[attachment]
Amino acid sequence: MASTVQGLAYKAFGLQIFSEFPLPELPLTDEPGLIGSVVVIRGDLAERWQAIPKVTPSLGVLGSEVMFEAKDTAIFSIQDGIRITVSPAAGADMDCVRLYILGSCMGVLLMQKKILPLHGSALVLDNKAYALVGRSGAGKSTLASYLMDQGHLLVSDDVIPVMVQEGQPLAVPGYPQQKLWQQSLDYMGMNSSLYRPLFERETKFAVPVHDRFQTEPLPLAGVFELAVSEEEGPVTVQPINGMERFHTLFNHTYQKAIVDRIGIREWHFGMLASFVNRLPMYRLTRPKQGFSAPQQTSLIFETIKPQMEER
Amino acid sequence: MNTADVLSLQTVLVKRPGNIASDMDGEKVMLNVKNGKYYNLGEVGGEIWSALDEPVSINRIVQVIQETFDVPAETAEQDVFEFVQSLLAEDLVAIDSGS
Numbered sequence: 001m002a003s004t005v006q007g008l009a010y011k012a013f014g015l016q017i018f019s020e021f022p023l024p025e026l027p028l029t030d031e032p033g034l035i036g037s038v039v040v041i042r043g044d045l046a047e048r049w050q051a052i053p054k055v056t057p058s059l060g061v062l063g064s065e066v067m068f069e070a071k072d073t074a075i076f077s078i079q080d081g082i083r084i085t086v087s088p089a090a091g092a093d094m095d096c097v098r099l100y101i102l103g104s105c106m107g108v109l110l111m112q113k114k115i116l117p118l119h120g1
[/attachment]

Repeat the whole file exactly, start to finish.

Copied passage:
Amino acid sequence: MASTVQGLAYKAFGLQIFSEFPLPELPLTDEPGLIGSVVVIRGDLAERWQAIPKVTPSLGVLGSEVMFEAKDTAIFSIQDGIRITVSPAAGADMDCVRLYILGSCMGVLLMQKKILPLHGSALVLDNKAYALVGRSGAGKSTLASYLMDQGHLLVSDDVIPVMVQEGQPLAVPGYPQQKLWQQSLDYMGMNSSLYRPLFERETKFAVPVHDRFQTEPLPLAGVFELAVSEEEGPVTVQPINGMERFHTLFNHTYQKAIVDRIGIREWHFGMLASFVNRLPMYRLTRPKQGFSAPQQTSLIFETIKPQMEER
Amino acid sequence: MNTADVLSLQTVLVKRPGNIASDMDGEKVMLNVKNGKYYNLGEVGGEIWSALDEPVSINRIVQVIQETFDVPAETAEQDVFEFVQSLLAEDLVAIDSGS
Numbered sequence: 001m002a003s004t005v006q007g008l009a010y011k012a013f014g015l016q017i018f019s020e021f022p023l024p025e026l027p028l029t030d031e032p033g034l035i036g037s038v039v040v041i042r043g044d045l046a047e048r049w050q051a052i053p054k055v056t057p058s059l060g061v062l063g064s065e066v067m068f069e070a071k072d073t074a075i076f077s078i079q080d081g082i083r084i085t086v087s088p089a090a091g092a093d094m095d096c097v098r099l100y101i102l103g104s105c106m107g108v109l110l111m112q113k114k115i116l117p118l119h120g1